Let’s see, Christ the Head, we the members, one Body of Christ, Mystici corporis Christi.
But all those “relational signifiers” – like “he” – are jussst toooo haaaard!
But wait, that one line there… “Filling up what is lacking…”
Let’s pray about this:
“And when I am lifted up from the earth, I will draw all to myself.” (John 12:32)
I mean, that’s on Calvary, during the Redemption, Jesus on the Cross, and we’re supposed to be with Him on the Cross. We, with Him, on the Cross. What’s Jesus talking about? It’s as if while He is laying down His life, the Innocent for the guilty, so that He might have the right in His own justice to have mercy on us – He is also laying down our lives, like His whole Body, Head and members. There’s a highly “relational signifier” if I ever saw one. But, here’s the methodology of it: “Blessed is he who takes no offense at me” (Luke 7:23), and “He must deny himself and take up his cross daily” (Luke 9:23 – passim…)
But let’s go back to the outrageous Saint Paul, just to make sure we understand and it’s not tooooo haaard. I mean, “relational signifiers” is certainly tooooo haaard for me.
- “God who said, ‘Let light shine out of darkness,’ has shone in our hearts to bring to light the knowledge of the glory of God on the face of (Jesus) Christ. But we hold this treasure in earthen vessels, that the surpassing power may be of God and not from us. We are afflicted in every way, but not constrained; perplexed, but not driven to despair; persecuted, but not abandoned; struck down, but not destroyed; always carrying about in the body the dying of Jesus, so that the life of Jesus may also be manifested in our body. For we who live are constantly being given up to death for the sake of Jesus, so that the life of Jesus may be manifested in our mortal flesh. So death is at work in us, but life in you.” (2 Corinthians 4:6-12 nab)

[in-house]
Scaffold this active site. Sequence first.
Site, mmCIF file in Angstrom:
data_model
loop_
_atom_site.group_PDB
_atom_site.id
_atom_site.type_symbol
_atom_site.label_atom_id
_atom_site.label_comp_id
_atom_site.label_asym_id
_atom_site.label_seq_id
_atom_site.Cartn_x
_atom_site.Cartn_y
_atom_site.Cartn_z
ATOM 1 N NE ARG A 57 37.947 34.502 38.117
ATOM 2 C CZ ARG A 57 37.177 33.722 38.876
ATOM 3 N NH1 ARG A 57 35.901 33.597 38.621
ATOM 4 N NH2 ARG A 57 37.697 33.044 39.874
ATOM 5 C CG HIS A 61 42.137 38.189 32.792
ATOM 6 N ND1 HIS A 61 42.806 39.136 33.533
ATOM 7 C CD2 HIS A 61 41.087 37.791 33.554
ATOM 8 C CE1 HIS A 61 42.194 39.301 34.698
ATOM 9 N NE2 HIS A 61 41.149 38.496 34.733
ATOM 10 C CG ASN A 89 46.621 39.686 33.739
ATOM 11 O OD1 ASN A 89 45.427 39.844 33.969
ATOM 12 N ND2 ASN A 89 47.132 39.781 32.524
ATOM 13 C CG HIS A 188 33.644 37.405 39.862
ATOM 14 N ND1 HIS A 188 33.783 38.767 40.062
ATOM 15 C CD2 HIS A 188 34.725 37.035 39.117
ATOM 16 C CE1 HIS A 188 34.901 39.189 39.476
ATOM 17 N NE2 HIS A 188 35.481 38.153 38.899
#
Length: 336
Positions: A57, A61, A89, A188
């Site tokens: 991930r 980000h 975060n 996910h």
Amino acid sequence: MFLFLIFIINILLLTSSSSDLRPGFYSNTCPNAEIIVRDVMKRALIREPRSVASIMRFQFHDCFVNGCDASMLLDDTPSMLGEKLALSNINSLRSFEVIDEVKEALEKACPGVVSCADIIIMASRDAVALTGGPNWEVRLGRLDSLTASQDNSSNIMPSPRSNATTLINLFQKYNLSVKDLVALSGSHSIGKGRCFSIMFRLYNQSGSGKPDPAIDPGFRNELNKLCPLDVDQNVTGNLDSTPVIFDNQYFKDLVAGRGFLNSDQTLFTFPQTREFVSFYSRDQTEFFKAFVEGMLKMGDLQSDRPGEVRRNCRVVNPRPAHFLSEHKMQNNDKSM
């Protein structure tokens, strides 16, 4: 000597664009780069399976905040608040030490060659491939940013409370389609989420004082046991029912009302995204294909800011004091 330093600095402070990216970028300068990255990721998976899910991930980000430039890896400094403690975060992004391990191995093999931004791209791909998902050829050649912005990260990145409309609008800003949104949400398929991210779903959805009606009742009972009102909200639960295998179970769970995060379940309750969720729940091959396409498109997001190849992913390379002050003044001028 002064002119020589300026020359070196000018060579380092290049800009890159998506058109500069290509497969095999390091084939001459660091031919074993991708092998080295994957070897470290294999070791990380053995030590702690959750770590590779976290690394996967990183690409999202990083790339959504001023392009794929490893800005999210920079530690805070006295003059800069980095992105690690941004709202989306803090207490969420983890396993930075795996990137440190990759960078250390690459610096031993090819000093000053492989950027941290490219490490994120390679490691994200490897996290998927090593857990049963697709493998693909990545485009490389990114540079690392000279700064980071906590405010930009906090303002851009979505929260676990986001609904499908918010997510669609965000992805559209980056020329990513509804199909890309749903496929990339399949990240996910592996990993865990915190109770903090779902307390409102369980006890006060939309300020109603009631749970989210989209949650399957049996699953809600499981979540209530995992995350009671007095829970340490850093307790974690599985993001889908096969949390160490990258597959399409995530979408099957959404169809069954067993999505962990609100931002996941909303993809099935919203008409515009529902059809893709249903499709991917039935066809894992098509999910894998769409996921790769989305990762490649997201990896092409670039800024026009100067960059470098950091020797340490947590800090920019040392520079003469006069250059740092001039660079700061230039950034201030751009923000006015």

- “Do you not know that your bodies are members of Christ? Shall I then take Christ’s members and make them the members of a prostitute? Of course not! (Or) do you not know that anyone who joins himself to a prostitute becomes one body with her? For “the two,” it says, “will become one flesh.” But whoever is joined to the Lord becomes one spirit with him. Avoid immorality. Every other sin a person commits is outside the body, but the immoral person sins against his own body. Do you not know that your body is a temple of the Holy Spirit within you, whom you have from God, and that you are not your own? For you have been purchased at a price. Therefore, glorify God in your body.” (1 Corinthians 6:15-20 nab)
So, let’s go back to Genesis, where the Mother of the Redeemer is singled out in battle with Satan. Then there is a parallel of sorts in the battle between her Seed and Satan’s seed, that is, her Son and those who belong to Him, over against Satan and those who belong to him. Lot’s of “relational signifiers” going on there. If you want to know about who crushed the serpent on the head, see my conference and thesis.